Erickson and Columbia: Keeping The Big Blades Flying

 - October 5, 2014, 5:35 AM
Erickson’s big S-64 Air Crane doesn’t travel alone. A crew of eight and $1 million worth of parts accompany the aircraft on its various missions around the globe.

The maintenance and logistics behind keeping big helicopters such as the tandem-rotor Columbia Helicopters 234 and the Erickson Aviation S-64 Air Crane flying can seem downright daunting.

For starters, there is the entourage of personnel, containers, equipment and vehicles that must accompany each aircraft. Columbia operates a mixed fleet of six 234s and eleven 107 Vertol IIs. And it just acquired a half dozen U.S. Army surplus Boeing CH-47D Chinooks it hopes to start operating under the restricted category (no passengers) next year. All but one of the 234s is deployed internationally. Rotating maintenance crews of 10, five on and five off, are assigned to each 234 and a crew of five, half on and half off, go with a 107. And then there is all the stuff that comes along.

“There’s quite a support package that goes with the aircraft to maintain it in the field,” said Roy Toavs, Columbia’s director of maintenance. The “package” includes cranes, slings, hoists, ground power units, hydraulic mules, pickup trucks, service vans and trailers. Some of the service trucks on domestic deployments were once owned by snack maker Frito Lay. Columbia calls them “chip trucks.”

On international jobs with the 234s, everything is packed into four 20-foot and one 40-foot ocean-going conex containers. The 40-footer provides major storage for rotable dynamics. One 20-footer functions as the line shack for the daily ins and outs and houses the logbooks and hand tools; the second is climate-controlled for parts; a third to shield small items from the weather and for overhauls and house field change replacements, wheels and special tools; and the fourth is for consumables, rags, grease and lubricants.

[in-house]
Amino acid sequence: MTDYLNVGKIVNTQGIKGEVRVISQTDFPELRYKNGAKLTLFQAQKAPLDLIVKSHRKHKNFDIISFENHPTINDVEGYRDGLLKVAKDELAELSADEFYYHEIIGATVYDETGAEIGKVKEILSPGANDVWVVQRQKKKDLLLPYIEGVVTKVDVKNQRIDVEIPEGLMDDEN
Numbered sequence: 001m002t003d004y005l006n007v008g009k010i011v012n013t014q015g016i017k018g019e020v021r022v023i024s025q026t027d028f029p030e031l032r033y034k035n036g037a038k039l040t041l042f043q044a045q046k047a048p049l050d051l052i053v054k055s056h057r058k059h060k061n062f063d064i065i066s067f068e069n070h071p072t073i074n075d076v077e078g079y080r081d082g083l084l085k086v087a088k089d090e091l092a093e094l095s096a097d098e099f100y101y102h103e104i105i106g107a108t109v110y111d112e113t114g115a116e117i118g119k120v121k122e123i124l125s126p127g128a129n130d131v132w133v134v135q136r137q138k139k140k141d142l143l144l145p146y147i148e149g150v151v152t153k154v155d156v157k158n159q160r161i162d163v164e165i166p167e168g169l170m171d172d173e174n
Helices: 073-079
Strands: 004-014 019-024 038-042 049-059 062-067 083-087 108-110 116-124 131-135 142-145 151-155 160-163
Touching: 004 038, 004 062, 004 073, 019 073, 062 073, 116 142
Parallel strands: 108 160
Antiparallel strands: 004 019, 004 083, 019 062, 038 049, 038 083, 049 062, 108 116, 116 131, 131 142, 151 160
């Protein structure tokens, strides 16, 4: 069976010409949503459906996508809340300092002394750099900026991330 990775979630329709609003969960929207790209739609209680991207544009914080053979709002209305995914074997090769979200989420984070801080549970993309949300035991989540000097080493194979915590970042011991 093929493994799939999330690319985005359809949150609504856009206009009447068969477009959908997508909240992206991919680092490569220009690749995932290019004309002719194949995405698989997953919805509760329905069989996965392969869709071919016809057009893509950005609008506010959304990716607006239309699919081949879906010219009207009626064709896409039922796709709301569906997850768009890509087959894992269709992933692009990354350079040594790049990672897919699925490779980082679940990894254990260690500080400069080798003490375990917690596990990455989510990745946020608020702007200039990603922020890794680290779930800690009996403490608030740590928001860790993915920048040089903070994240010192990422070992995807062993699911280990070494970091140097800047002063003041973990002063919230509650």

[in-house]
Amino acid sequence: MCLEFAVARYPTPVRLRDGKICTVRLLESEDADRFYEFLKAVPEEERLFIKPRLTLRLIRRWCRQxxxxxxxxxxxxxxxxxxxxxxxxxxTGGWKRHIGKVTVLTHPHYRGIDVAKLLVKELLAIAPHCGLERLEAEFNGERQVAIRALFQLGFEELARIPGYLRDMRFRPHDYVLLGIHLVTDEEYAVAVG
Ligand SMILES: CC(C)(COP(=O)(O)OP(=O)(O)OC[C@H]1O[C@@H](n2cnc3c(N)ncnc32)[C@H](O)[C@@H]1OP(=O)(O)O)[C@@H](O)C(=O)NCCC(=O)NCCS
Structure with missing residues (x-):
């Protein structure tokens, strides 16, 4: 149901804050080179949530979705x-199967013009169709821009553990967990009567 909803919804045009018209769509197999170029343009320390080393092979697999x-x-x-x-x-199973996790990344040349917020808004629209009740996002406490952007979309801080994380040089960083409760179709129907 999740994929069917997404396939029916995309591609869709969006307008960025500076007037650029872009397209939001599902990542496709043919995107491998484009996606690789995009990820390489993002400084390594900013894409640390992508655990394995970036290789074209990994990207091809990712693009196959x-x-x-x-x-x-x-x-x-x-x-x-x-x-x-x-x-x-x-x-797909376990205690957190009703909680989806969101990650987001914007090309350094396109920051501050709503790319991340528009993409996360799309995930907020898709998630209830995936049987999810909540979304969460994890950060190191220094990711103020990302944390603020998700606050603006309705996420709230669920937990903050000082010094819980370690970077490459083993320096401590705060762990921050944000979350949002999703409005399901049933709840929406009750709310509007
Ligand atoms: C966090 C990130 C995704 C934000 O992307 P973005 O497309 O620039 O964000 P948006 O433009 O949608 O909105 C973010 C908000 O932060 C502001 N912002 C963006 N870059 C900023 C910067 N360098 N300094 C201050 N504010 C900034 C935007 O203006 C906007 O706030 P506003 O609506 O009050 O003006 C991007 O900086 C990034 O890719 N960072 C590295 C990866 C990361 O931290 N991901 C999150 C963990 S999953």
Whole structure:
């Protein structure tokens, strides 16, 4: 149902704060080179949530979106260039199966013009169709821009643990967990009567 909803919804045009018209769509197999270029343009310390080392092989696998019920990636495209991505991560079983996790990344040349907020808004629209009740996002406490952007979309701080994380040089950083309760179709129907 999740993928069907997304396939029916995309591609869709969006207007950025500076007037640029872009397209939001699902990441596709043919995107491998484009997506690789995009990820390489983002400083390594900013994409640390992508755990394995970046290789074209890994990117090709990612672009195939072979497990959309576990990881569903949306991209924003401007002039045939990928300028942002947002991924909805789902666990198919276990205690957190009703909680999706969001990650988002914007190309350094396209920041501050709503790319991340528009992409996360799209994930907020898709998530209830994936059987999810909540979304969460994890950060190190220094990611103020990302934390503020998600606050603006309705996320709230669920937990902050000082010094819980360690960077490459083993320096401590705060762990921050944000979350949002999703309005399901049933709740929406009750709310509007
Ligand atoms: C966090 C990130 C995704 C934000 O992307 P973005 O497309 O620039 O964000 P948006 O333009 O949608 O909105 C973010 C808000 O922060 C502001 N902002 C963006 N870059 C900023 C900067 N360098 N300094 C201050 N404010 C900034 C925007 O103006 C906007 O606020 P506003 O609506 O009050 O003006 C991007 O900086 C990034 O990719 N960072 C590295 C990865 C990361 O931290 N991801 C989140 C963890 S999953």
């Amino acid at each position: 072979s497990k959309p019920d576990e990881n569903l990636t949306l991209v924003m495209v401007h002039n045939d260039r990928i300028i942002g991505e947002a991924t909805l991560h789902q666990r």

The story is much the same at Erickson, where each Air Crane is accompanied into the field by a 10,000-gallon fuel tanker, lift truck and large custom-built service trailer that contains pressure washers, generators, night lighting, tools and parts large and small–including a spare and monstrously large main rotor blade (the S-64 has six main rotor blades and a disk diameter of 72 feet). Altogether each S-64 is dispatched with $1 million worth of parts and four ground vehicles and a crew of eight, according to Andy Mills, Erickson’s general manager for Air Crane operations.

Away from Home,Operating in Challenging Conditions

It might be years before these large rotorcraft make their way back to their home bases in Oregon for maintenance, so everything–from the preflight once-over to heavy level-D inspections and engine and rotor blade change-outs–is done in the field, usually in the elements, in climates as diverse as Alaska, Afghanistan, Papua New Guinea and Peru.

“Our helicopters don’t always go to the most favorable spots on the globe. We’re working in rain, hail, sleet and snow,” said Columbia’s Toavs. And if the weather isn’t enough, sometimes there is dangerous political instability that makes the job even more interesting. Sometimes, people shoot at you.